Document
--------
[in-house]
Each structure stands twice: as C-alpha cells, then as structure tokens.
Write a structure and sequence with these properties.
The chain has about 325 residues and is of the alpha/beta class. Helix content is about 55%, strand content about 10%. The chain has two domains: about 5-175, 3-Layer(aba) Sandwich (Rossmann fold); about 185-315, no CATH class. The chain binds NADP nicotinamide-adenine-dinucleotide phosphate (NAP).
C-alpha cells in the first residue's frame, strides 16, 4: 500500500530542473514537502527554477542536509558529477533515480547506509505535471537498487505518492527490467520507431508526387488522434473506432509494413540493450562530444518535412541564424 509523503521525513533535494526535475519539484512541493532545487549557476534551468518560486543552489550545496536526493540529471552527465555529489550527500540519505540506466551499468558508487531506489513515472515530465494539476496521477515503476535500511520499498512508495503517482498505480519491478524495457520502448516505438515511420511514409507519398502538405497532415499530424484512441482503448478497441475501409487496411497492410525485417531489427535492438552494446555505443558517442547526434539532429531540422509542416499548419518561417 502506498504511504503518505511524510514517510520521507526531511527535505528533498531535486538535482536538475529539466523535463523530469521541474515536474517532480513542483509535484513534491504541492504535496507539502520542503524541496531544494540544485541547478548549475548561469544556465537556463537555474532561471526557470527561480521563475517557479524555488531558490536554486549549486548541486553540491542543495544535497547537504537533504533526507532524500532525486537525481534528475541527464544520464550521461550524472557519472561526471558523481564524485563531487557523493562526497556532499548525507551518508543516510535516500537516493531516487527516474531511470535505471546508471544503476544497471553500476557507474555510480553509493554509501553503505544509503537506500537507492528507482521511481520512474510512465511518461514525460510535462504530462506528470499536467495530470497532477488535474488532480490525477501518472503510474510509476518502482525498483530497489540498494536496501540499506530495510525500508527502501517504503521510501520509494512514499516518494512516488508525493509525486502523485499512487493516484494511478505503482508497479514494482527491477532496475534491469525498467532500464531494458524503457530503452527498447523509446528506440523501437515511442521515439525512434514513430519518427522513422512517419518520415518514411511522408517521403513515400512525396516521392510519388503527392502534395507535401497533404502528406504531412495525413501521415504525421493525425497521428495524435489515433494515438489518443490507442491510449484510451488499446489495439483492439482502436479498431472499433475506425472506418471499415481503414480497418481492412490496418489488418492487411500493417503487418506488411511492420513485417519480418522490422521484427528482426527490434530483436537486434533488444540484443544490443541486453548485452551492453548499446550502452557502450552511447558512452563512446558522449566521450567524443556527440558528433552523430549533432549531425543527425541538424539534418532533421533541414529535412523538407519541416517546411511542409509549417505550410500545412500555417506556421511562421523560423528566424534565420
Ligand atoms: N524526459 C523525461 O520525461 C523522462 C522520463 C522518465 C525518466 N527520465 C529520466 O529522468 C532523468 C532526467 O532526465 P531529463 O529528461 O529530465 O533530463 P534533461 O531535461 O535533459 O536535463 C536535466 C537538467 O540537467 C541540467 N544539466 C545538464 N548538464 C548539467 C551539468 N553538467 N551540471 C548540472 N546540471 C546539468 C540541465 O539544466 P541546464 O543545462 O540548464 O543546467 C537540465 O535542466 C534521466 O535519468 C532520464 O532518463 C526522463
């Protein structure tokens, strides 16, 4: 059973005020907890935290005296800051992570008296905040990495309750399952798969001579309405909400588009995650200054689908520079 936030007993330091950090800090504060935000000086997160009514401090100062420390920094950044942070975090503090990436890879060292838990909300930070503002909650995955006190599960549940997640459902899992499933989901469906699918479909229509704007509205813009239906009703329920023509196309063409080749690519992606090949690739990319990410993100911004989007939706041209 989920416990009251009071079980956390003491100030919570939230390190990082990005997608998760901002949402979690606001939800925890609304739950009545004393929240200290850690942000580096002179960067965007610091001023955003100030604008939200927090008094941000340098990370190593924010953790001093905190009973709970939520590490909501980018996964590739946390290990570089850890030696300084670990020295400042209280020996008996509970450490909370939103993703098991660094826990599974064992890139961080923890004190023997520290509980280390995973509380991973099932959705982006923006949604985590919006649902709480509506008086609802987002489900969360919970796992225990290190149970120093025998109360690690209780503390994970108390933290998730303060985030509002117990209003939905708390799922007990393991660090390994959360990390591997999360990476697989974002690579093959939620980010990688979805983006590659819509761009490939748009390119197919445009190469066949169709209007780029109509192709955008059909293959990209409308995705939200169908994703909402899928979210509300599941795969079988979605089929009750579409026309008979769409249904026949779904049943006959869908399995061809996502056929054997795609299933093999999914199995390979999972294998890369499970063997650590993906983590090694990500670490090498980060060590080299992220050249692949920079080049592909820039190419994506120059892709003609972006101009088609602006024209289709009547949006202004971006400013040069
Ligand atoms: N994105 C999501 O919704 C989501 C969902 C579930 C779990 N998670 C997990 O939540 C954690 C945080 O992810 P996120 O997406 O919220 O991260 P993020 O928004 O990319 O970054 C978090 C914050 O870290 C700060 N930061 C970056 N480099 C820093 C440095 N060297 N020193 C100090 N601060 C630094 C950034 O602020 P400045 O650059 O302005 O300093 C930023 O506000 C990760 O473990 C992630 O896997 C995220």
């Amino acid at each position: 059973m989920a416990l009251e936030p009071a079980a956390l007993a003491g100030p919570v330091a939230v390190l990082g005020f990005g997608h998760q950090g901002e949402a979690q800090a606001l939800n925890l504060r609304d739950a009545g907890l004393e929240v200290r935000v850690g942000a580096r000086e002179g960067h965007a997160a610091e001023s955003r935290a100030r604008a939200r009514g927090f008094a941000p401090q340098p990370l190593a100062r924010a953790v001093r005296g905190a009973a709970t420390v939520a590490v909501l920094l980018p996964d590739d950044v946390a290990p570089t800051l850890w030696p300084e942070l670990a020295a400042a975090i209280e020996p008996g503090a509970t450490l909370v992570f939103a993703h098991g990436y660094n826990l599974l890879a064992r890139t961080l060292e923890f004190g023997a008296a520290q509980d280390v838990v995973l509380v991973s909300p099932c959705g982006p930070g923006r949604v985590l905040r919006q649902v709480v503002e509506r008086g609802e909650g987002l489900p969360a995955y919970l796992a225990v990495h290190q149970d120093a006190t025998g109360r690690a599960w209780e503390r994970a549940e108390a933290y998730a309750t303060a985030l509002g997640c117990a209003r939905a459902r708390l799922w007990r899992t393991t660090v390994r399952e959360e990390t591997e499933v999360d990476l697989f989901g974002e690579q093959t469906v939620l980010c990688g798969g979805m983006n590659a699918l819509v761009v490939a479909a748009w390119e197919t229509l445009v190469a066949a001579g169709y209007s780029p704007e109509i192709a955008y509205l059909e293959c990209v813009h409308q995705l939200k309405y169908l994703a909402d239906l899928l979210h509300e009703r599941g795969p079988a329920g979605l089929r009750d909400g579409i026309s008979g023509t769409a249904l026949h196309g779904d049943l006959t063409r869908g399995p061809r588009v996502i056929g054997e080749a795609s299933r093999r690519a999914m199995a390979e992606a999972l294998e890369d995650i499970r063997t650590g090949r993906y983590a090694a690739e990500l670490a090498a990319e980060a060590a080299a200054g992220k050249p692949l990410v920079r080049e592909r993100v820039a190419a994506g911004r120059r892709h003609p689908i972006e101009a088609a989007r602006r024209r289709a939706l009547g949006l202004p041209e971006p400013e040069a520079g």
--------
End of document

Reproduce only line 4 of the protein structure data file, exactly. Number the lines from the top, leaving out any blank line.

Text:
The chain has about 325 residues and is of the alpha/beta class. Helix content is about 55%, strand content about 10%. The chain has two domains: about 5-175, 3-Layer(aba) Sandwich (Rossmann fold); about 185-315, no CATH class. The chain binds NADP nicotinamide-adenine-dinucleotide phosphate (NAP).